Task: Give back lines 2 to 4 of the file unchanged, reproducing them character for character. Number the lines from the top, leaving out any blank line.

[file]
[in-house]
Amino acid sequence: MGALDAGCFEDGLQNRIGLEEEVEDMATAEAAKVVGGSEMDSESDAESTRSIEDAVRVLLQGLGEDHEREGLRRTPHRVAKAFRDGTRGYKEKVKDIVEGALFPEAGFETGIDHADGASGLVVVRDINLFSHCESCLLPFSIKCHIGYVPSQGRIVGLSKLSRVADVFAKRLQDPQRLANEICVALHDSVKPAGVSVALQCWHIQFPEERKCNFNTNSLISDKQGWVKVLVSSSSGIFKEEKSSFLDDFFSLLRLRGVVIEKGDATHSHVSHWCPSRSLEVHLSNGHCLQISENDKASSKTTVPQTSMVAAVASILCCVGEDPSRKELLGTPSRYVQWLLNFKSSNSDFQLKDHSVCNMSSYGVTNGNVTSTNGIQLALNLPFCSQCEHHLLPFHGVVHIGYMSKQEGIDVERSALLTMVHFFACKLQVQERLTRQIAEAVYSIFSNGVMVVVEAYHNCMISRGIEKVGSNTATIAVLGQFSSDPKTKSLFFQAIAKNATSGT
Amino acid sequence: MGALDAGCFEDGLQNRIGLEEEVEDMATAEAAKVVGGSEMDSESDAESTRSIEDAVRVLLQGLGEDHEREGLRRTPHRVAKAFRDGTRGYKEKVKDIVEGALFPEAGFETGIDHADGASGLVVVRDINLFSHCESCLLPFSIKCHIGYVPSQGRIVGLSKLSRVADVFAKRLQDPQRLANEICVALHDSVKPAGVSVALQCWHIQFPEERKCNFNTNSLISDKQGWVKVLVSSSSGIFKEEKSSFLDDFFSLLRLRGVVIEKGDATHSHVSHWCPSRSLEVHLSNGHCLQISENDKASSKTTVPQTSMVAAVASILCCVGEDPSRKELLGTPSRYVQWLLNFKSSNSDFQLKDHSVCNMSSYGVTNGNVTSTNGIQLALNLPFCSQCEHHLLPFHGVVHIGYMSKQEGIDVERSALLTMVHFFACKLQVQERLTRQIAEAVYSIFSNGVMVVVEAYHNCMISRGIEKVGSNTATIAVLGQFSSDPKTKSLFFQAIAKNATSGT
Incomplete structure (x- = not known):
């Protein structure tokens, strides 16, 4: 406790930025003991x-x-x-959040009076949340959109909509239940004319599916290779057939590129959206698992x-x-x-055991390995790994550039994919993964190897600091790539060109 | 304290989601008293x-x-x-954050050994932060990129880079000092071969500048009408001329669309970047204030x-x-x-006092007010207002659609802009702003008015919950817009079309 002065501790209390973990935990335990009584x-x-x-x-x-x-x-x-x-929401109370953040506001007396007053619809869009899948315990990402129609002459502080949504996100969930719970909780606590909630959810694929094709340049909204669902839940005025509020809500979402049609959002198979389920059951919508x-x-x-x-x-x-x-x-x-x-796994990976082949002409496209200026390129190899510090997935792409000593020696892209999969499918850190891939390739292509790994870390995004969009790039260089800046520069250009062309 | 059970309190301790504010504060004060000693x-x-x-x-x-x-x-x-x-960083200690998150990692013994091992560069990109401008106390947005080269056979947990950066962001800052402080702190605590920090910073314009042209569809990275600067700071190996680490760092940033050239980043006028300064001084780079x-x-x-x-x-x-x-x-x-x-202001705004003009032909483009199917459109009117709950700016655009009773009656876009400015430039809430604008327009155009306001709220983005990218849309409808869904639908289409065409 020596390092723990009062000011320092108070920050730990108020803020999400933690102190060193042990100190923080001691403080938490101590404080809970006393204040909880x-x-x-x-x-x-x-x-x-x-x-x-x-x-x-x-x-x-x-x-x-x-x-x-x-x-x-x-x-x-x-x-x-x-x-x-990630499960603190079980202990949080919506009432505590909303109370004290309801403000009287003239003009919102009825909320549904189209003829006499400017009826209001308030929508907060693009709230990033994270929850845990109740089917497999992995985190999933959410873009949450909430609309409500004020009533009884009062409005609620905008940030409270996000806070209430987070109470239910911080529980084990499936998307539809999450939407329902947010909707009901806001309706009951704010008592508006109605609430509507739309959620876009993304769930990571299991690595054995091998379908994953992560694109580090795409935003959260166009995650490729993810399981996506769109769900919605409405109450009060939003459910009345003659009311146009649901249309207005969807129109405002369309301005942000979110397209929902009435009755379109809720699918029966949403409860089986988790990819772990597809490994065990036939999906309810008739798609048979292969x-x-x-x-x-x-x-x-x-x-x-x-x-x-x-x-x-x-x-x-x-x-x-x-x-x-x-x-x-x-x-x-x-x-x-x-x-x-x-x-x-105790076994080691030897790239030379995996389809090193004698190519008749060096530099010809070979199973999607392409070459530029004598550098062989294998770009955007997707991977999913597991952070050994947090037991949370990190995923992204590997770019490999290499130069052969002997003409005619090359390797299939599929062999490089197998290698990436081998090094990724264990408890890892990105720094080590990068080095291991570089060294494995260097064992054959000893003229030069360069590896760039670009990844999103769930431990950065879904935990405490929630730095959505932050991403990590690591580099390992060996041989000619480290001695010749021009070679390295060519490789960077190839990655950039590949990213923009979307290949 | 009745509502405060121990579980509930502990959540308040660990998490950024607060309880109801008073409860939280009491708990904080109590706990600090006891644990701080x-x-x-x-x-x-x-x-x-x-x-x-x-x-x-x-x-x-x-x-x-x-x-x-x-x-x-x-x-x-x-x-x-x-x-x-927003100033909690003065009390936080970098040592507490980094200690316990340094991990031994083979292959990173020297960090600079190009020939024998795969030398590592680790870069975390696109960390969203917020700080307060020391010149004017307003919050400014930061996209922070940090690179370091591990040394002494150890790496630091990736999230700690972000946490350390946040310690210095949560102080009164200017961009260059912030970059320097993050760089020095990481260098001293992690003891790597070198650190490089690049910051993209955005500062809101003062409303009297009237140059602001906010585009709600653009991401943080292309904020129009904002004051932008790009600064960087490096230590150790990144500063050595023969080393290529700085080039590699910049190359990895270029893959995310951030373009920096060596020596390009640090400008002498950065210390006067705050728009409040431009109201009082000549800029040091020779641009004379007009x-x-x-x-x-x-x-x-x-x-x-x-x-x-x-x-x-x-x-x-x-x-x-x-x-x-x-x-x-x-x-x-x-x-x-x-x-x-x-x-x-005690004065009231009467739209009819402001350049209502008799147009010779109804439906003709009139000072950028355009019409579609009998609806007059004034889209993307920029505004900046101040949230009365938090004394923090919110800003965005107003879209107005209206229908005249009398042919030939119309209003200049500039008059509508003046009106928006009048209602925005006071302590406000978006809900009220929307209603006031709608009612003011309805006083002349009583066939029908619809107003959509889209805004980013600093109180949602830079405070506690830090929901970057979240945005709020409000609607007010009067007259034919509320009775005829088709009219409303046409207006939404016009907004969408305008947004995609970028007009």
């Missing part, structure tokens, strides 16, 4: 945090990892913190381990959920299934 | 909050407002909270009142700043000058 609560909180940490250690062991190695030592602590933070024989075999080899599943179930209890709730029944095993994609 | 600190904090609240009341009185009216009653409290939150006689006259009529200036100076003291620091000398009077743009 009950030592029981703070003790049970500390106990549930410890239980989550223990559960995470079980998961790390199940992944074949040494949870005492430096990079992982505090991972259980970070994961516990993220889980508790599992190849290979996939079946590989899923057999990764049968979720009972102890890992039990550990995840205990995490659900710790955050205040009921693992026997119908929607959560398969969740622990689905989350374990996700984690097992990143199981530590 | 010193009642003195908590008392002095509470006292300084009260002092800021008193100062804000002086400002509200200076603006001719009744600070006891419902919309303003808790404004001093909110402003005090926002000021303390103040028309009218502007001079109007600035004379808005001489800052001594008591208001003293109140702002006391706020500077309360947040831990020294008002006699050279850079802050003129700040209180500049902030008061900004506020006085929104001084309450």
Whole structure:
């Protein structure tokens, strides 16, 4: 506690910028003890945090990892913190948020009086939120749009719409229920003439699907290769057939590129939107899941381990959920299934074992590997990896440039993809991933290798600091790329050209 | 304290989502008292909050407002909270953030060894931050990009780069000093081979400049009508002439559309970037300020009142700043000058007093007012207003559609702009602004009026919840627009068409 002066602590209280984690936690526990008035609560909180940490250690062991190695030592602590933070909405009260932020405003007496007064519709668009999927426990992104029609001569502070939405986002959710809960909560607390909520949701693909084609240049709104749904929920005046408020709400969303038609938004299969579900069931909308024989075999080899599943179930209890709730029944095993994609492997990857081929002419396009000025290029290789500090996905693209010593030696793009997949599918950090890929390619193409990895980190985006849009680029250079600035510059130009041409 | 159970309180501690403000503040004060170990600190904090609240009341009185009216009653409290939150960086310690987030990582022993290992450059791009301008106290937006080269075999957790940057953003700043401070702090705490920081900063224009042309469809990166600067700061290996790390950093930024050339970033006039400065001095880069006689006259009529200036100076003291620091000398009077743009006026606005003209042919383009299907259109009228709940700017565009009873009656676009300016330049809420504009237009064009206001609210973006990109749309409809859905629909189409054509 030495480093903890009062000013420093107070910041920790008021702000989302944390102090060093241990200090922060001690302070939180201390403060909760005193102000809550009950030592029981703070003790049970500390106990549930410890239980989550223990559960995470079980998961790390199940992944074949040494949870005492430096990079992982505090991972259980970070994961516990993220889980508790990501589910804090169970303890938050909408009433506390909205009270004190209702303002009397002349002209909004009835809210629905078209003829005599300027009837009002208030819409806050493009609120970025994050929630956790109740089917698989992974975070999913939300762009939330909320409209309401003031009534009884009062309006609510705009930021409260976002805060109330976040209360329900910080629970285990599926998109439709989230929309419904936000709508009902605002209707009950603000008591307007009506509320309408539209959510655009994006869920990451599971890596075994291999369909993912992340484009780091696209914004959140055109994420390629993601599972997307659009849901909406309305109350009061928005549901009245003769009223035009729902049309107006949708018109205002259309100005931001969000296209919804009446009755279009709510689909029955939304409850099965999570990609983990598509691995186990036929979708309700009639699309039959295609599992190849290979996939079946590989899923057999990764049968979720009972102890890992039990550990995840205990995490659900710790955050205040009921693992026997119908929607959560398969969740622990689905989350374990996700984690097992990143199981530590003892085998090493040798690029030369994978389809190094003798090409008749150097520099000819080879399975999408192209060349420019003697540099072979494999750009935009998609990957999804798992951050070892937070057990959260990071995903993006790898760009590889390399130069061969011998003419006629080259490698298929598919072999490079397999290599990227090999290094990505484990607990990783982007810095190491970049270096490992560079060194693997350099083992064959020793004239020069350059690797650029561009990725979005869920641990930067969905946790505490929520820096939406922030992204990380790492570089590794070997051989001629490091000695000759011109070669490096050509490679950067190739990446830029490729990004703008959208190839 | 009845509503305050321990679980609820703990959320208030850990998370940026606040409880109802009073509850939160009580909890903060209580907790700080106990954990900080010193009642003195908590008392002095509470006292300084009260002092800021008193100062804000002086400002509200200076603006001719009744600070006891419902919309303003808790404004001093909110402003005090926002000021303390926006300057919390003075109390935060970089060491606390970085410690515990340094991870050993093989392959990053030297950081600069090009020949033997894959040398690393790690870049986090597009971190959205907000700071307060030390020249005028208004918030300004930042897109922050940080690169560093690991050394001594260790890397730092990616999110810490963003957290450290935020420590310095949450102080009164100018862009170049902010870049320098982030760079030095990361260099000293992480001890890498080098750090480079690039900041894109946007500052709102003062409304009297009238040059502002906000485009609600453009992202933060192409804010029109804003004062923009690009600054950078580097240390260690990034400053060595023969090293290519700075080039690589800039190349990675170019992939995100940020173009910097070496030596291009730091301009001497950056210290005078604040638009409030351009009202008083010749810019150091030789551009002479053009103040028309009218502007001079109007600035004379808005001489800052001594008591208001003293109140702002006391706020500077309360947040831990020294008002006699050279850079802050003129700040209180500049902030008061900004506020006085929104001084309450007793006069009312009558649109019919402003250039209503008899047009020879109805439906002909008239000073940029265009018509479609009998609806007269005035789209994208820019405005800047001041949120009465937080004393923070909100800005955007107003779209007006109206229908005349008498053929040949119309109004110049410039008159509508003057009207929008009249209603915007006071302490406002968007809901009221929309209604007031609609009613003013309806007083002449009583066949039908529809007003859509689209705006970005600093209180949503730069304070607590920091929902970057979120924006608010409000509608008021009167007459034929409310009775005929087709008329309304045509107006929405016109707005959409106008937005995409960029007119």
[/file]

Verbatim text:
Amino acid sequence: MGALDAGCFEDGLQNRIGLEEEVEDMATAEAAKVVGGSEMDSESDAESTRSIEDAVRVLLQGLGEDHEREGLRRTPHRVAKAFRDGTRGYKEKVKDIVEGALFPEAGFETGIDHADGASGLVVVRDINLFSHCESCLLPFSIKCHIGYVPSQGRIVGLSKLSRVADVFAKRLQDPQRLANEICVALHDSVKPAGVSVALQCWHIQFPEERKCNFNTNSLISDKQGWVKVLVSSSSGIFKEEKSSFLDDFFSLLRLRGVVIEKGDATHSHVSHWCPSRSLEVHLSNGHCLQISENDKASSKTTVPQTSMVAAVASILCCVGEDPSRKELLGTPSRYVQWLLNFKSSNSDFQLKDHSVCNMSSYGVTNGNVTSTNGIQLALNLPFCSQCEHHLLPFHGVVHIGYMSKQEGIDVERSALLTMVHFFACKLQVQERLTRQIAEAVYSIFSNGVMVVVEAYHNCMISRGIEKVGSNTATIAVLGQFSSDPKTKSLFFQAIAKNATSGT
Amino acid sequence: MGALDAGCFEDGLQNRIGLEEEVEDMATAEAAKVVGGSEMDSESDAESTRSIEDAVRVLLQGLGEDHEREGLRRTPHRVAKAFRDGTRGYKEKVKDIVEGALFPEAGFETGIDHADGASGLVVVRDINLFSHCESCLLPFSIKCHIGYVPSQGRIVGLSKLSRVADVFAKRLQDPQRLANEICVALHDSVKPAGVSVALQCWHIQFPEERKCNFNTNSLISDKQGWVKVLVSSSSGIFKEEKSSFLDDFFSLLRLRGVVIEKGDATHSHVSHWCPSRSLEVHLSNGHCLQISENDKASSKTTVPQTSMVAAVASILCCVGEDPSRKELLGTPSRYVQWLLNFKSSNSDFQLKDHSVCNMSSYGVTNGNVTSTNGIQLALNLPFCSQCEHHLLPFHGVVHIGYMSKQEGIDVERSALLTMVHFFACKLQVQERLTRQIAEAVYSIFSNGVMVVVEAYHNCMISRGIEKVGSNTATIAVLGQFSSDPKTKSLFFQAIAKNATSGT
Incomplete structure (x- = not known):